Giants May Repeat History With Pence

Hunter PenceWe just covered the rise and fall of the Phillies via the Shane Victorino trade, so here’s a quicker take on the Hunter Pence deal: Good add for the Giants, more prospects and payroll space for the Phillies, and a blow to the Dodgers (and Diamondbacks).

Let’s start with what Pence is not. He is not the offensive juggernaut he appeared to be last year. See if you can spot the outlier in this pattern:

.301
.308
.304
.361
.305

Those are his batting averages on balls in play over the past five seasons. It’s a bit of a cheat, since Pence also posted a .377 BABIP in 108 games as a rookie in 2007. But his career .325 mark still points to 2011 as being out of line with career norms. And BABIP is all that separates Pence’s 2012 season from 2011. His walk rate is identical, his strikeout rate is just about identical, his line drive rate is just about identical, his power numbers are almost exactly the same. Last year’s .314/.370/.502 versus this year’s 271/.336/.447 come down to more balls falling in for hits last year than this year.

With that established, Pence still constitutes a solid upgrade for the Giants. The team lacked right-handed power behind Buster Posey, especially with Pablo Sandoval recently routed to the DL. Gregor Blanco stopped hitting and lost his right-field job to Nate Schierholtz, a nice player who’s better suited to a fourth outfielder’s role. If everything breaks right, Pence could add a win or so to the Giants’ total for the remainder of the season. With the Giants and Dodgers tied for first place, the Dodgers making multiple reinforcements of their own, and the talented Diamondbacks quietly climbing to within 3½ games of the division lead, that one win could loom large.

There is this, though: The Giants traded their top pitching prospect for Carlos Beltran at the 2011 deadline. Beltran raked for two months, at which time the Giants had an exclusive negotiating window to sign him to a short contract extension. He bolted for the low price of two years, $26 million, and is raking again this year. And now the outfielder-starved Giants trade three players, including a very promising catcher prospect, to rent an inferior player in Pence? Pence does offer an additional year of team control, since he can’t become a free agent until after 2013. Still, tough to say if this is a byproduct of Giants ownership holding the line on salaries (they sell out AT&T Park a lot and pull in ample TV revenue, but they’re also strapped with substantial stadium debt payments and already had a payroll north of $130 million), GM Brian Sabean showing less-than-perfect foresight, or a little of both.

Heading back to Philly are 21-year-old catching prospect Tommy Joseph, Single-A right-hander Seth Rosin, and Schierholtz. Ranked no. 2 in the Giants’ system by Baseball America heading into this season, Joseph was a second-round pick by San Francisco in 2009. He hit 22 homers at Single-A San Jose last year and eight more at Double-A Richmond this year, and he is considered a plus power prospect with an iffy batting eye (282 strikeouts and just 80 walks in 324 career minor league games). Scouts give him points for his mark, but not his receiving ability. He wasn’t going to see the light of day with Posey entrenched as the Giants’ franchise position player, which made him a logical trade chip. With Chooch Ruiz turning 35 once his new contract’s up in the offseason of 2013-2014, Joseph could become his successor.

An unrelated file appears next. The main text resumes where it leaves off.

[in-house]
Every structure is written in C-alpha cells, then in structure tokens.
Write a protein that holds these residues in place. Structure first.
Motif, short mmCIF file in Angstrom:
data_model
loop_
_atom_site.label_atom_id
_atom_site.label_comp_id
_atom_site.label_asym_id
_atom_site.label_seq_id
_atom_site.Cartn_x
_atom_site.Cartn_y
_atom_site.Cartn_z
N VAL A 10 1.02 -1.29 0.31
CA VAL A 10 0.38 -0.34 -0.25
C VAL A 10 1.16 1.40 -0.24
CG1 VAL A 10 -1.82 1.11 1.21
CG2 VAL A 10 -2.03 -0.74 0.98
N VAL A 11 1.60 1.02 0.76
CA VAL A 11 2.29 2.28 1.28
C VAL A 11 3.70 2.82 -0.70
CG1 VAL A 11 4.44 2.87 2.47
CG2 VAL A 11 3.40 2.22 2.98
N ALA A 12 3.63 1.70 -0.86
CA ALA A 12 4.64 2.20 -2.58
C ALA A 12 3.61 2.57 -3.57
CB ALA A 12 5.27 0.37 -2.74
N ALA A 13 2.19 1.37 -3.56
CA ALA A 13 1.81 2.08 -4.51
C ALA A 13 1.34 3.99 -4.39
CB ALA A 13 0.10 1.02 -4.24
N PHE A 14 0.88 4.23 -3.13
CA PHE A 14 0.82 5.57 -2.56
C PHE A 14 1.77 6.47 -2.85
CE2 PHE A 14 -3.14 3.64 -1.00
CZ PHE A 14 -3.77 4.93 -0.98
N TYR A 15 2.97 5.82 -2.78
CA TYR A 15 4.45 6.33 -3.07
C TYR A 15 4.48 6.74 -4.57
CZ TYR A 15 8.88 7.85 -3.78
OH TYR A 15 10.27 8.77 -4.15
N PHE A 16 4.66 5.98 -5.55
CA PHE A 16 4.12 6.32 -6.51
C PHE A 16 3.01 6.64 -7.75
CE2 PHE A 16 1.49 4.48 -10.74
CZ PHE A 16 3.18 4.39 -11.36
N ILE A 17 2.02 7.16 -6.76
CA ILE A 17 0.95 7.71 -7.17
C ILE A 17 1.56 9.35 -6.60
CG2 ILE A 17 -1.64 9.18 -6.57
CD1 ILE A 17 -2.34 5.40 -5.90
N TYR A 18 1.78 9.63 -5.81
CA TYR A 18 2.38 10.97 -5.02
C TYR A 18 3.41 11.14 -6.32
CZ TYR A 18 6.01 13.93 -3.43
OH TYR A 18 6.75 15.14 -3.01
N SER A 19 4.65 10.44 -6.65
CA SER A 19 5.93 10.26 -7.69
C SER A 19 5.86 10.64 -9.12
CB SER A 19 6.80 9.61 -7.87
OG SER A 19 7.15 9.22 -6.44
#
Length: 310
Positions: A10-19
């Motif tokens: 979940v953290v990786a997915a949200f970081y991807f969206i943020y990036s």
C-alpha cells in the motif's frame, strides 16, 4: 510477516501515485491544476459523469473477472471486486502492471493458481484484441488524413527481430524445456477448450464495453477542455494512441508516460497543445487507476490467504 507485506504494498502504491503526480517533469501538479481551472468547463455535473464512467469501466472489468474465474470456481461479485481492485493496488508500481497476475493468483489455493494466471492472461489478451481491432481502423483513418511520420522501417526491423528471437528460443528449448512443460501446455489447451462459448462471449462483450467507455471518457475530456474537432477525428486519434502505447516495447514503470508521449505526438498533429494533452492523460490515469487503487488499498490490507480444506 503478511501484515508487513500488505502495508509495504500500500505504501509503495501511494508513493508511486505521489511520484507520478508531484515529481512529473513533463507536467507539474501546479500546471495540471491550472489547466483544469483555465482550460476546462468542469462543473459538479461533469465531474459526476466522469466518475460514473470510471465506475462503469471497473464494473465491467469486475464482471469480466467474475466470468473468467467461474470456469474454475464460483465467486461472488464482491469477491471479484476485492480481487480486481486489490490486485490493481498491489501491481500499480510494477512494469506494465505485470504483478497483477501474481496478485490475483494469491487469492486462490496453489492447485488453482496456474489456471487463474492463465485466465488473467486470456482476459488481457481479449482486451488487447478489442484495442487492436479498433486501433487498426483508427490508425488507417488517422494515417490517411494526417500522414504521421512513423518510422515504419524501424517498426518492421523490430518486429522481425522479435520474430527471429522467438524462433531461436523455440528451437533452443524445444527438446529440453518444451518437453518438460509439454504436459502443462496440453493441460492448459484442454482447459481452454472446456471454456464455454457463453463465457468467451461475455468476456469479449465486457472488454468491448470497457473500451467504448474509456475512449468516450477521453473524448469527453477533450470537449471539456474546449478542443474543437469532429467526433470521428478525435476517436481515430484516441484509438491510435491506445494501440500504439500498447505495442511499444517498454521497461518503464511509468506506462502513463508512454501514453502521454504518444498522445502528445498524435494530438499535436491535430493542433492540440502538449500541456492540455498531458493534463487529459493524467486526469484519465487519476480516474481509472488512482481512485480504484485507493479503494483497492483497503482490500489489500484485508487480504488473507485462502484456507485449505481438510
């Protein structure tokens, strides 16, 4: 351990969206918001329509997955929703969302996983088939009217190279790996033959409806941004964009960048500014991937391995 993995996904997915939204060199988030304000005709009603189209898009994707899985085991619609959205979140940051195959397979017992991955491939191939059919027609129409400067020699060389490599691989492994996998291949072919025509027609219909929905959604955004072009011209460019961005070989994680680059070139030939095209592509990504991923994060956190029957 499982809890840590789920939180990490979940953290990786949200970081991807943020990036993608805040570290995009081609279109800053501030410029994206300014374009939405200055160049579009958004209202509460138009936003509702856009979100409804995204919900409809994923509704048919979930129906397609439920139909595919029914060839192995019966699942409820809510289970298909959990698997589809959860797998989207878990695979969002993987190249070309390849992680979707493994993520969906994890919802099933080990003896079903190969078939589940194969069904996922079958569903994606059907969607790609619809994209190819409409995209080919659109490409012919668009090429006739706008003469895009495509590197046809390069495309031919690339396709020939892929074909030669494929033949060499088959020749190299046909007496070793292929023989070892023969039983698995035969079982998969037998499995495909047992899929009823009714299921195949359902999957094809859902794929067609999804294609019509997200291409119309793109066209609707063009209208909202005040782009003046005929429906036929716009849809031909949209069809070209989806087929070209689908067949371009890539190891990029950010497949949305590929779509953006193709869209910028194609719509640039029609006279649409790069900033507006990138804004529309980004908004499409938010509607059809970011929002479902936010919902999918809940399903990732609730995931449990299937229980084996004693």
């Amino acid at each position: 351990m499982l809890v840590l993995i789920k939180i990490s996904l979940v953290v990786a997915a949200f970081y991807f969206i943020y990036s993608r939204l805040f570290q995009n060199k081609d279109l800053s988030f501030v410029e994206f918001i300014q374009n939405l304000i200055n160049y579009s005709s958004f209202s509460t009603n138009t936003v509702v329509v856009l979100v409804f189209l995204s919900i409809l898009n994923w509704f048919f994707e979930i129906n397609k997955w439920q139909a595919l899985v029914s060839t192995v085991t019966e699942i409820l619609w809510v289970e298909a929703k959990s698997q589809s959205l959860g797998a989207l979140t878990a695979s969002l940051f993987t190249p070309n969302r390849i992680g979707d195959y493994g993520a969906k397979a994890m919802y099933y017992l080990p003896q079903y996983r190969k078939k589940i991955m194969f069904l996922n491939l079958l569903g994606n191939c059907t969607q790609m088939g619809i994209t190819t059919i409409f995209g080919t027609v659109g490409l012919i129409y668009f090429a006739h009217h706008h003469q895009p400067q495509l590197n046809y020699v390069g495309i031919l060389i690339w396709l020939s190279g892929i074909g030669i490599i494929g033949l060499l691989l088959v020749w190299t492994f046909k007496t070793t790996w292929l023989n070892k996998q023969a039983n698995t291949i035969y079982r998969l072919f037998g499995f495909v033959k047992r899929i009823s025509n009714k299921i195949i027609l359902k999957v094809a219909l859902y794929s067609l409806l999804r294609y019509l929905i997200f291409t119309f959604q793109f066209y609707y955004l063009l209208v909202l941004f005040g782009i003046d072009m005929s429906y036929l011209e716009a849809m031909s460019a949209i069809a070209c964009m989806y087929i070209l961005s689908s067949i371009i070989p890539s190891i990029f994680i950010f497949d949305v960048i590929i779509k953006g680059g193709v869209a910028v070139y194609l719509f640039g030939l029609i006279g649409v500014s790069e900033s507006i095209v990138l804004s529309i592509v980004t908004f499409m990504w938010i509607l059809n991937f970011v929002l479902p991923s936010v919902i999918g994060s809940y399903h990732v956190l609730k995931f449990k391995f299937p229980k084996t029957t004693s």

Aside from possessing one of the best names ever for a pitcher, Rosin does offer a whiff of potential. The 23-year-old is a 6-foot-5, 240-pound behemoth with a three-pitch arsenal, combining a low-90s fastball with a curve and changeup. In 156⅓ career innings spanning low- to high- Single-A ball, he’s struck out 170 batters, walked 49, and allowed just nine homers. As FanGraphs prospect analyst Marc Hulet wrote in his offseason Giants prospect rankings, Rosin’s a bit old for his level, but he’s also a possible late bloomer, having come from a northern state (Minnesota) where he couldn’t play year-round. As for Schierholtz, he’s likely just a placeholder in Philly. Post-hype outfield prospect Domonic Brown has hit .286/.335/.432 at Triple-A Lehigh Valley this year, with no significant platoon split. A month shy of his 25th birthday, it would make sense for Brown to get a shot at regular playing time for the Phillies during the season’s final two months, so they can see what they have.

Filed Under: Philadelphia Phillies, San Francisco Giants

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Jonah Keri is a staff writer for Grantland. His book, The Extra 2%: How Wall Street Strategies Took a Major League Baseball Team From Worst to First, is a national best seller. His new book Up, Up, and Away, on the history of the Montreal Expos, is now available.

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